Last November took place in Glasgow the 26th UN Climate Change Conference of Parties, known as COP 26. This conference was the first one after the 2015 Paris Agreement where parties had to submit their enhanced Nationally Determined Contributions (NDCs) to rise up the ambition to mitigate climate change. NDCs are those national ambitions or goals to limit greenhouse gases (GHG) emissions, with the overall objective to reach global peaking of GHG emissions as soon as possible.

A total of 197 attending parties signed the Glasgow Climate Pact. This pact recognizes the importance of limiting global warming to 1.5 °C, and the need to reduce global carbon dioxide emissions by 45 per cent by 2030 relative to the 2010 level and to net zero around 2050, as well as deep reductions in other greenhouse gases. Regarding mitigation, this pact “calls upon” to transition towards low-emission energy systems and “emphasizes the importance of protecting, conserving and restoring nature and ecosystems”. However, this pact does not explicitly mention mitigation measures within the food systems. In this regard, about 100 subnational and local governments have committed to take action with the “Glasgow food and climate declaration to develop sustainable food policies.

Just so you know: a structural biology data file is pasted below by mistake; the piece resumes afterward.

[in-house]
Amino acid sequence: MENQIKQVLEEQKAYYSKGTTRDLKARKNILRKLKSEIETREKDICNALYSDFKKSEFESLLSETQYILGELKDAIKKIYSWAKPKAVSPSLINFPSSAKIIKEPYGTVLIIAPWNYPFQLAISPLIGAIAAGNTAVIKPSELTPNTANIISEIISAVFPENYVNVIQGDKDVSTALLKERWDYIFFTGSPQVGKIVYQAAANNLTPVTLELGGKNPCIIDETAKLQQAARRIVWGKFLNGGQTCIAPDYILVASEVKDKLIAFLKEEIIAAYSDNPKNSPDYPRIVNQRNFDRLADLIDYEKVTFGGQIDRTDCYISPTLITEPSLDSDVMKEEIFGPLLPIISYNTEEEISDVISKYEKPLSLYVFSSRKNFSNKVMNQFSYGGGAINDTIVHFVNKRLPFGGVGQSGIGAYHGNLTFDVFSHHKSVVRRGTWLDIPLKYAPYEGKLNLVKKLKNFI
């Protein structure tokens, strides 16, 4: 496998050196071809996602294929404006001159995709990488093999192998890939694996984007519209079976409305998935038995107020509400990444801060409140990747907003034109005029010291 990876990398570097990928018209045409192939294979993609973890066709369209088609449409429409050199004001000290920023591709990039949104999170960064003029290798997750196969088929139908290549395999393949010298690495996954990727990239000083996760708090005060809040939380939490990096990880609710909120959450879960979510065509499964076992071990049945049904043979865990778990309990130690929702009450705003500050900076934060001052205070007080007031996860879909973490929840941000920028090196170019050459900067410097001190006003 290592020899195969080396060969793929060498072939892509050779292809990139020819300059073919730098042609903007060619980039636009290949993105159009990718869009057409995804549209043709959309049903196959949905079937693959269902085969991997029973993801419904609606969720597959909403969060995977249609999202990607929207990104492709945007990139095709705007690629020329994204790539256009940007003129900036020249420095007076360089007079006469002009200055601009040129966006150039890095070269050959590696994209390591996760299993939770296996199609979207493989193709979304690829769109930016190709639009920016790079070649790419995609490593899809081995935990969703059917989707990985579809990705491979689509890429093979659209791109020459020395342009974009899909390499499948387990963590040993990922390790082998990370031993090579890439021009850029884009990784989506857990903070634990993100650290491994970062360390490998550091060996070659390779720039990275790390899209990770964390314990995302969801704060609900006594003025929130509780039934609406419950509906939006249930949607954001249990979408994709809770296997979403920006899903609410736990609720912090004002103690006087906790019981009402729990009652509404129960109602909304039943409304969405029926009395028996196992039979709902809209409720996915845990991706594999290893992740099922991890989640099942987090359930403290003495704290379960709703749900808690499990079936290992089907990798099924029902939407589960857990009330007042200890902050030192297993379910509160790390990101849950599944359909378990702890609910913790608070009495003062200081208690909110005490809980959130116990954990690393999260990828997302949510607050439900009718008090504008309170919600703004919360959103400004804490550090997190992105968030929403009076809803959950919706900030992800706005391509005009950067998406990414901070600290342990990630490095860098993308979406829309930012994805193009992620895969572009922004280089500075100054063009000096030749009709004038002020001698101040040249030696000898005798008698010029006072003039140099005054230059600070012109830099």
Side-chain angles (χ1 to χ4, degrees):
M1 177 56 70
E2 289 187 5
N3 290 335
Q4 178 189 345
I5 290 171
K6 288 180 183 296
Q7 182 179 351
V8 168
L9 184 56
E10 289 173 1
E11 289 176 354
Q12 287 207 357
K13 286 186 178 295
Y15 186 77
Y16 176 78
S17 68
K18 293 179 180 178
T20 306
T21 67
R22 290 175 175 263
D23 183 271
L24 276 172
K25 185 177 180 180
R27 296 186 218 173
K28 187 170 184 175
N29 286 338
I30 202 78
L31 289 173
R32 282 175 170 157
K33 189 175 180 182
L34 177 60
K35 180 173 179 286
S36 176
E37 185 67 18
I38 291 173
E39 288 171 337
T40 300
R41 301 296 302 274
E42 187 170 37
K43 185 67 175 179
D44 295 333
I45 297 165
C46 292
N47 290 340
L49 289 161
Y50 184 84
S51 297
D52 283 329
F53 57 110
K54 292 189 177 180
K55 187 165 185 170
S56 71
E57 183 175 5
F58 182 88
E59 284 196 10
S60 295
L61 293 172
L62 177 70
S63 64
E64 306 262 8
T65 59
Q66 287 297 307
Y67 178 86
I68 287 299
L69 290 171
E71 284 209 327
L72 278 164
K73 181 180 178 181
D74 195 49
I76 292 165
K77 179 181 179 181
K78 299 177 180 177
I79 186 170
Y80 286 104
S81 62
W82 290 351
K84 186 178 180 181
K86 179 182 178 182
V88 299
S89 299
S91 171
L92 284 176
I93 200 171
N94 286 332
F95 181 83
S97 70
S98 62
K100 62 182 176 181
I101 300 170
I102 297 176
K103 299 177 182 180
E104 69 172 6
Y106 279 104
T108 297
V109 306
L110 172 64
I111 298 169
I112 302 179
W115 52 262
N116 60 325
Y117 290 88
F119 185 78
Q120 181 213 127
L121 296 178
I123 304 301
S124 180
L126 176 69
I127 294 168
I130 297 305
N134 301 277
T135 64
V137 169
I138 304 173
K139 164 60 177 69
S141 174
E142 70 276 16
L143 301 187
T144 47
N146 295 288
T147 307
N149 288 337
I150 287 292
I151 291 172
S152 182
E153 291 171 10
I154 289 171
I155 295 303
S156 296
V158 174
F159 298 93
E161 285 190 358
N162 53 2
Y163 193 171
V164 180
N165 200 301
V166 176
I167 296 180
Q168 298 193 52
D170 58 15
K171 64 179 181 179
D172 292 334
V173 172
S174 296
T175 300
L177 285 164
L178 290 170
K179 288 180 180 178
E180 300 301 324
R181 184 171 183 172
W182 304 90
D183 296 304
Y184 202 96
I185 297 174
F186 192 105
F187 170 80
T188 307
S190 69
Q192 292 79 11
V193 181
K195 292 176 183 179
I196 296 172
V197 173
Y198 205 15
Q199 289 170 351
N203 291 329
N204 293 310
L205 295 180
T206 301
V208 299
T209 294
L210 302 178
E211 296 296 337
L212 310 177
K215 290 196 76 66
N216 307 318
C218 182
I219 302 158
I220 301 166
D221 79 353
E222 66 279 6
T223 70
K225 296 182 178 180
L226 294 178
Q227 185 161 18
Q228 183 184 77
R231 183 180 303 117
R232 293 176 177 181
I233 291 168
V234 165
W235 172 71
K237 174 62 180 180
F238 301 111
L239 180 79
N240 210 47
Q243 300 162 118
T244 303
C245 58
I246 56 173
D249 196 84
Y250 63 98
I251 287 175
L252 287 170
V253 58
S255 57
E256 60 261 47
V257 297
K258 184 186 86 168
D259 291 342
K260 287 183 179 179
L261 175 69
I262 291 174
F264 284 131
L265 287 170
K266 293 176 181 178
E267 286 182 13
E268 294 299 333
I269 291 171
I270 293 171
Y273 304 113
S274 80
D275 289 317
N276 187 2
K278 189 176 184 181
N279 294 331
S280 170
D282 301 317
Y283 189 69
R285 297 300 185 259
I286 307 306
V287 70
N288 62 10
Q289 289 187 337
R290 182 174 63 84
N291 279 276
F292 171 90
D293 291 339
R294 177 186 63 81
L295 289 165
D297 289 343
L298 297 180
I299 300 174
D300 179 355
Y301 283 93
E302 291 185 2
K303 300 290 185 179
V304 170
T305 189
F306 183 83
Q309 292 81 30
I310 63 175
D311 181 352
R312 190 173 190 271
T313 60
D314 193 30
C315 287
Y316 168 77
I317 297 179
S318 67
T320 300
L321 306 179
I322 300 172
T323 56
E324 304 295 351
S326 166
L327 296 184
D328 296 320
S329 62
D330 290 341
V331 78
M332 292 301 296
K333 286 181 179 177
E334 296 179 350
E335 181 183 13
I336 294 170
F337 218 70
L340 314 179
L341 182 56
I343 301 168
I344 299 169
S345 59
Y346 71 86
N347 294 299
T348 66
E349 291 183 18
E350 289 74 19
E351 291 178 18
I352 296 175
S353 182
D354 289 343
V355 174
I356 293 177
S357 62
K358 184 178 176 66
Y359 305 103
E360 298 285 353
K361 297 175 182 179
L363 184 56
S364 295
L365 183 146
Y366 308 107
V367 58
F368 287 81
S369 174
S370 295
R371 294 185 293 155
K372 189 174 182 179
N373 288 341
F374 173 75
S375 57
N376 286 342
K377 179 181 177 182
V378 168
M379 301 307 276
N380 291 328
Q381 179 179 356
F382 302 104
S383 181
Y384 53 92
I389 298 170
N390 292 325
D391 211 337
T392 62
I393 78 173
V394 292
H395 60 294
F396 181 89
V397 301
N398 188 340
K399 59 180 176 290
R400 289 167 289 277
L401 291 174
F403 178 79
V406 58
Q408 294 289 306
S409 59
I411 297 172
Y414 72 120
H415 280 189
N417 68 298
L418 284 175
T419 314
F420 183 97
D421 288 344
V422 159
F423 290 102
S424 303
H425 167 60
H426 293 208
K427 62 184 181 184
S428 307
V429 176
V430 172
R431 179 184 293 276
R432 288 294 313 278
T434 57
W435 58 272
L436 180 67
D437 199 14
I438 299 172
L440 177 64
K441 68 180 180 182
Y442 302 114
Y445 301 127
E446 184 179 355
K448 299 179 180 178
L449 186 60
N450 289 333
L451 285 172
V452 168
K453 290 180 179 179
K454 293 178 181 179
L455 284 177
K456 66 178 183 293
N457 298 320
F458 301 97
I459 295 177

Food systems are key contributors to climate change, being responsible for 34% of current global anthropogenic greenhouse gases (GHG) emissions; as recently published by Crippa et al. (2021). This means that 18 Gt CO2eq, emitted annually to the atmosphere, are related to food. With the current urge to mitigate climate change together with the fact that food has a big contribution; rethinking our food systems is a key action to reach global climate targets.

Another key question is how circular economy can help to mitigate climate change by reducing the greenhouse gases (GHG) emissions. In general -not only related to food-, 55% of the global GHG emissions are attributed to the type of energy source that is being used; and 45% are caused by land use and the manufacture of goods (EMF, 2021). In particular, material production causes 21% of current GHG emissions (see Figure 1). While the transition to renewables can reduce the emissions of the 55% GHG emissions; circular economy can reduce the emissions attributed to material production.

In food systems, most circular strategies focus on how food is produced and how food waste can be reduced. While these are key aspects, applying circular strategies within the food distribution is also important. A key circular strategy is reusing products. By enhancing the lifetime and intensity of use of products, such as packaging, less manufacture of new products is needed, as well as the waste treatment; and, ultimately, the GHG emissions embedded to this production is reduced. In this regard, reusable plastic creates (RPCs) are a good example, such as shown in a previous study from ARECO. The Reusable Transport Packaging (RTP) is an approximately $100 billion business, with rigid containers, crates, totes, boxes and RPCs (as a group) accounting for 30% of this value. Moreover, its demand is expected to grow, and experts even say that the COVID-19 has accelerated this shift; a trend that can help to fulfill the commitments of the Glasgow Climate Act by reducing the GHG emissions of value chains.

By Laura Batlle Bayer, researcher of the ARECO postdoctoral fellowship at UNESCO Chair in Life Cycle and Climate Change.